Many retirees are turning to business ownership as a way to stay busy and active as well as supplement their retirement income. Here are several ideas for good businesses to start in retirement.
Starting a retirement business is an increasingly popular way to bring in extra cash and keep active in your senior years. In fact, seniors are more likely to be working for themselves than any other age group. And there are good reasons behind this trend. Today’s older Americans have to pay off mortgages and auto loans and deal with increasingly high medical bills. Additionally, many people neglect to budget for travel when saving for retirement. By starting a business in retirement, you can afford some of these expenses (and luxuries) without having to dig into your savings.
Moreover, an increasing number of seniors are starting businesses as a way to stay busy in retirement. With Americans living longer than ever, retirees are seeking ways to keep their minds and bodies active while earning a little extra income. By starting a business in retirement, you can utilize your skills and talents or pursue a hobby about which you’re passionate.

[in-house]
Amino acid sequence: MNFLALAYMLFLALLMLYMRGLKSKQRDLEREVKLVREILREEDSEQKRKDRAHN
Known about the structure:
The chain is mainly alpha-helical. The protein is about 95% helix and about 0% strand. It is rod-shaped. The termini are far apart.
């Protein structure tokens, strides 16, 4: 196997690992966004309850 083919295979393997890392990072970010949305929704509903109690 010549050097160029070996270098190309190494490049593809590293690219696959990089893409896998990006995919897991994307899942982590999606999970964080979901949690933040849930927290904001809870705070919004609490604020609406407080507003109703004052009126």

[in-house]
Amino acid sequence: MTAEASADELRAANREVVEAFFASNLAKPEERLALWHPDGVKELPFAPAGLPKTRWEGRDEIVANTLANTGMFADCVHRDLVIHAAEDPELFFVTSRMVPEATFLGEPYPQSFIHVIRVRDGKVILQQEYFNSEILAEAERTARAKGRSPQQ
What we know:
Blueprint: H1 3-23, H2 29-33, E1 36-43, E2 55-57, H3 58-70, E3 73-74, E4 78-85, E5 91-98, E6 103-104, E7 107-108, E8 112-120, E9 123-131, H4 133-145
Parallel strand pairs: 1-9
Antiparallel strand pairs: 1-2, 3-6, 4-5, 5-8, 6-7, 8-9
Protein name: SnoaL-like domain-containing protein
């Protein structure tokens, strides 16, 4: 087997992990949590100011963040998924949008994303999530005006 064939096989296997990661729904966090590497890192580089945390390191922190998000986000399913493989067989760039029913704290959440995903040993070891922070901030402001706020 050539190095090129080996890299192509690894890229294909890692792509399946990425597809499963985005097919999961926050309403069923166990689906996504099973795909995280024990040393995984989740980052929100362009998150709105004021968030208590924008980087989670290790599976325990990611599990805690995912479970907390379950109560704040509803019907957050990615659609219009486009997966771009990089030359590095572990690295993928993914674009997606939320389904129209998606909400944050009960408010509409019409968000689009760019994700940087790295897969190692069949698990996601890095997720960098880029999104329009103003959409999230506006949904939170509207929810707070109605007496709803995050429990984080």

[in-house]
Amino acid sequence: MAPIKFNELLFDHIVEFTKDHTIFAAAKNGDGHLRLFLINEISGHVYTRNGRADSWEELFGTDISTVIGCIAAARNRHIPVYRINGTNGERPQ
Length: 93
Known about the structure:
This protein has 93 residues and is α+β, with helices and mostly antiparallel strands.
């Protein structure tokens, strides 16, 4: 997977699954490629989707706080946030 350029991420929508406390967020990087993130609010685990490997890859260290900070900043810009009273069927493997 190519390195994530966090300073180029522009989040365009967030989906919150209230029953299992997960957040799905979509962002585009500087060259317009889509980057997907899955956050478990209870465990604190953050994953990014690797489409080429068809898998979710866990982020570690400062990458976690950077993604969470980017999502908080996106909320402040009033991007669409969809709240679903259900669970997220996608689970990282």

Considerations for Senior Entrepreneurs
When it comes to working in retirement, it’s worth noting that not all businesses are created equal. Some industries require higher startup costs in the form of supplies, staff, and rent on brick-and-mortar shops. If you’re a senior thinking about how to start a business, consider your financial limitations. In particular, retirees should be wary of taking on debt during their golden years or depleting their retirement savings to start a business.
Your health is another thing to consider. In deciding on a business to start, honestly evaluate your physical ability to do the work. For instance, a business that would require you to stand for long periods of time or do a lot of bending or lifting, might not be suitable for you.
Additionally, older entrepreneurs should consider how much time will be required for a particular venture. When selecting a business to operate, be cognizant of the number of hours you want to spend working versus spending time with grandchildren, on leisure activities, or traveling the world.
Retirement Business Ideas
In addition to considering your finances and health, before you settle on a business to start consider how big a business you’ll want to start. Although some seniors might be interested in starting a business with employees and office space, if you’re retired or near retirement a lifestyle business may be more to your liking. A lifestyle business is one that provides enough income and free time to let you enjoy a desired type of living. Lifestyle businesses can also work best in certain states, for example a vacation business in Florida or a sightseeing business in California Is a senior with social security, pension, and savings, that might mean just working part time in a business that evolves around your personal skills or hobbies.